“The students are being given information and expected to retain it.”
Consider, in contrast, how Deirdre Reilly, who teaches science at P.S. 22 in the Staten Island’s Graniteville neighborhood, taught her students about animal adaptation, using bird beaks as an example.
“It was open-ended questioning and more research-driven,” said Reilly who has taught for almost 20 years. “You give them a broad theme and they’d have to do their own research, rather than me just teaching them a lesson on animal adaptation.”
The difference in her students’ energy for the topic was marked, she said.
“They get more excited,” Reilly said. “It’s a lot of work on (the teacher’s) end. It’s more conversation driven. A lot of your time is based on what the students are learning and catering to that, and giving them feedback on what they’re learning. It’s more feedback based.
“It gives them a lot more freedom and their interests come out. You give them time to explore questions and allow them to come up with their own idea.”
Raffaella Passanisi, also of P.S. 20, agreed. Passanisi and Marrapodi completely reoriented their teaching toward this “inquiry model,” which is also aligned with the Department of Education’s new science curriculum, known as “Amplify.”
“Natasha and I made everything problem-based or hands-on experience so students could learn through inquiry,” Passanisi said. “Student engagement was sky high. All of the students were participating, they were really excited.
“They definitely showed more of an interest in science. We were able to change their perspectives on how they felt about science – at least for a good number of our students.”
Once a month, after school, the teachers participate in professional development workshops on the College’s campus and they take courses during the semester. They also participate in Saturday program that includes six full-days and focuses on STEM research experiences led by CSI faculty.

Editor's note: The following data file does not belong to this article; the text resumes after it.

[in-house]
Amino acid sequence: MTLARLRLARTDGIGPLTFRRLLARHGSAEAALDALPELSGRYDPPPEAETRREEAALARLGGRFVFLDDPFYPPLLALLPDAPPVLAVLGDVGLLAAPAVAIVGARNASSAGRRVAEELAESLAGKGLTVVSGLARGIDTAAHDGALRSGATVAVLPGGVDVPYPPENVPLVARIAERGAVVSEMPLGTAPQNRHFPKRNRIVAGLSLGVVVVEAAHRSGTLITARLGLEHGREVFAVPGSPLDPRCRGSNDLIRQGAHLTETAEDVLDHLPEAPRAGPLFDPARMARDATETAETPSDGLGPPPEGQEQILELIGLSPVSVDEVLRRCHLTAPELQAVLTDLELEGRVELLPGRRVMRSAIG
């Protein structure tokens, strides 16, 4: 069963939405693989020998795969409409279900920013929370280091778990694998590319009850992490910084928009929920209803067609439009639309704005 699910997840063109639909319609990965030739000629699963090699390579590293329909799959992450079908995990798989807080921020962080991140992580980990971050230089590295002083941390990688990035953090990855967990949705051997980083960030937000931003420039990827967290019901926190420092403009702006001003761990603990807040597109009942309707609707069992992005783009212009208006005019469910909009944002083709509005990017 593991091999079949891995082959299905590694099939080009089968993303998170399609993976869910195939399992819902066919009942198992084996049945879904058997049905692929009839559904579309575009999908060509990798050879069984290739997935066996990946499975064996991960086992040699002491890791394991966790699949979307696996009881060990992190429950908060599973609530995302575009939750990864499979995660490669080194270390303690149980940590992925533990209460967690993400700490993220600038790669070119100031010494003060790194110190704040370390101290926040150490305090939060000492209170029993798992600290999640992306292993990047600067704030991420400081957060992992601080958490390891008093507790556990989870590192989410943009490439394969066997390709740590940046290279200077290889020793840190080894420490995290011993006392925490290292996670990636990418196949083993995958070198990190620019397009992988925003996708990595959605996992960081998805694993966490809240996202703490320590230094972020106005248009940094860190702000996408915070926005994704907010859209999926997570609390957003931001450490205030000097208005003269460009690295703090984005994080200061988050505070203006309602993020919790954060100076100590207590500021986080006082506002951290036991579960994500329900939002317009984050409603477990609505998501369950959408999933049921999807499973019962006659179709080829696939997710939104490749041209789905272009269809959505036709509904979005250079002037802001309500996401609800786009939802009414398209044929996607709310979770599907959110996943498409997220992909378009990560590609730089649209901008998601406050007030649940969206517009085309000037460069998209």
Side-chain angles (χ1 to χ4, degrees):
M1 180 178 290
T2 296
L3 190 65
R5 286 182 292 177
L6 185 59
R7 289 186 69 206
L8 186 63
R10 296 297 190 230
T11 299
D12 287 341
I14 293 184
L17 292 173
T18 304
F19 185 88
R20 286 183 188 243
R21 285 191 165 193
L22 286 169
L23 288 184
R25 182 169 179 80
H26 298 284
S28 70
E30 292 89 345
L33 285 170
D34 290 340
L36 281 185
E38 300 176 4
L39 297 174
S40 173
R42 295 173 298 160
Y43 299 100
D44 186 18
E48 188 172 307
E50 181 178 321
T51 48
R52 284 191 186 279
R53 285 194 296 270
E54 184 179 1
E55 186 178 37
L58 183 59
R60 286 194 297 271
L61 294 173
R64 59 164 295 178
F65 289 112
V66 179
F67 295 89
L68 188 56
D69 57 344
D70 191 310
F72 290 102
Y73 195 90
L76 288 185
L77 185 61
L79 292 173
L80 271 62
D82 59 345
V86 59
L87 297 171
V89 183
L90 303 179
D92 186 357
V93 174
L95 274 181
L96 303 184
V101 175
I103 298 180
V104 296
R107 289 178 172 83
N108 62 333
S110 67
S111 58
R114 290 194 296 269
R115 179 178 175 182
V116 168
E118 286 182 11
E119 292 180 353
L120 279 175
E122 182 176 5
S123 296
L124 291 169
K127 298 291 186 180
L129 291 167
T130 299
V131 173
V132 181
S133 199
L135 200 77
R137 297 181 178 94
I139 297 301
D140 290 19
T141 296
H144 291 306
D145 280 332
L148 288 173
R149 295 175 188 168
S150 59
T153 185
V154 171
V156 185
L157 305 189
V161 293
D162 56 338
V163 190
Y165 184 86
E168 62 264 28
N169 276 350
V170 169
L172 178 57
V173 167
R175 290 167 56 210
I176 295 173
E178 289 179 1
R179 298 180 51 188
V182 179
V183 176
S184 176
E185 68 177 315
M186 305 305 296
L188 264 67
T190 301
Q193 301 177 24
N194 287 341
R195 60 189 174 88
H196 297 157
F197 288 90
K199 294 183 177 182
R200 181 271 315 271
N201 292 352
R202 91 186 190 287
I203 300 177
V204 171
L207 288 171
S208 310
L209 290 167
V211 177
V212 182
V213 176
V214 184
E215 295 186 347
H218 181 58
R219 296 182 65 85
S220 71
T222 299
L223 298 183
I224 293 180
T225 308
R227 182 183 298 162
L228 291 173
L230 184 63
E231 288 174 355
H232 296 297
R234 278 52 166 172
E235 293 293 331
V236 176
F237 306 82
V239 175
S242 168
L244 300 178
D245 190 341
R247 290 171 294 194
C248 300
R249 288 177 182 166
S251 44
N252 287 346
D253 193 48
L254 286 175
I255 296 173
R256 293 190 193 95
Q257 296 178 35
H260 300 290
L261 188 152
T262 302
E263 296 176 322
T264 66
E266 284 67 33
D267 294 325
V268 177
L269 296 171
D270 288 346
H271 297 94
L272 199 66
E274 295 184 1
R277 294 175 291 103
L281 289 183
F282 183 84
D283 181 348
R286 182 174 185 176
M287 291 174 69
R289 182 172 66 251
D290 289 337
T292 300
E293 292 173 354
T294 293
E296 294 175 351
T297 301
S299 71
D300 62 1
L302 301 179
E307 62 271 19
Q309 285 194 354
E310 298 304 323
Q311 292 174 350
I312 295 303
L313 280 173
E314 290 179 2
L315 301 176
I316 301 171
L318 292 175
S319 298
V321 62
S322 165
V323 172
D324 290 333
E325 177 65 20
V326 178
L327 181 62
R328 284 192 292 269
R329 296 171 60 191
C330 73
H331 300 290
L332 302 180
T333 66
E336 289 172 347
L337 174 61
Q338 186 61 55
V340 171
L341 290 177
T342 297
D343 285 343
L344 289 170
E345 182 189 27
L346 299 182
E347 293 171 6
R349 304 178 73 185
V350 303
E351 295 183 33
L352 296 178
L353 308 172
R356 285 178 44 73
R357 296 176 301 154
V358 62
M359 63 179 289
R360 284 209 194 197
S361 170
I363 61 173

These activities deepen their science content knowledge, improve their science pedagogical content knowledge, and develop their leadership skills.
- This year (year two), the Noyce Masters Teaching Fellows are learning the 10 “big ideas” of science.
In its second year in the graduate course co-taught by Lyublinskaya and Dr. Abdeslem El Idrissi, CSI biology professor and co-principal investigator on the grant, teachers are exploring the “10 big ideas” of science, Lyublinskaya said.
“These are the ideas that underpin much of our modern science today and our understanding of the natural world,” she said. “They are the major ideas which everything is based on: evolution, atomic model, Big Bang, and plate tectonics, for example.
Understanding those ideas more deeply helps teachers help students learn and appreciate science.
“I didn’t teach science at the beginning of my career,” Marrapodi said. “Even if it’s a little above my head, I feel like it’s helping me have a better understanding of science.”
The CUNY Discovery Institute is proud to present 2017-2022 Noyce Master Teaching Fellowship Award recipients: Sharon Cameron (P.S. 45), Nicole Caruso (P.S. 160), Jarra Dandrea (P.S. 861), Jaclyn Durkin (P.S. 11), Lisa Esposito-Planzo (P.S. 45), Joy Hines (P.S. 18), Kimberly Kosnac (P.S. 19), Rebecca Lugo (P.S. 78), Natasha Marrapodi (P.S. 20), Raffaella Passanisi (P.S. 20), Nicole Altilio (P.S. 21), Deirdre Reilly (P.S. 22), Nancy Rogina (P.S. 18), Nicole Tartaglione (P.S. 16), and Lisa Thompson (P.S. 78).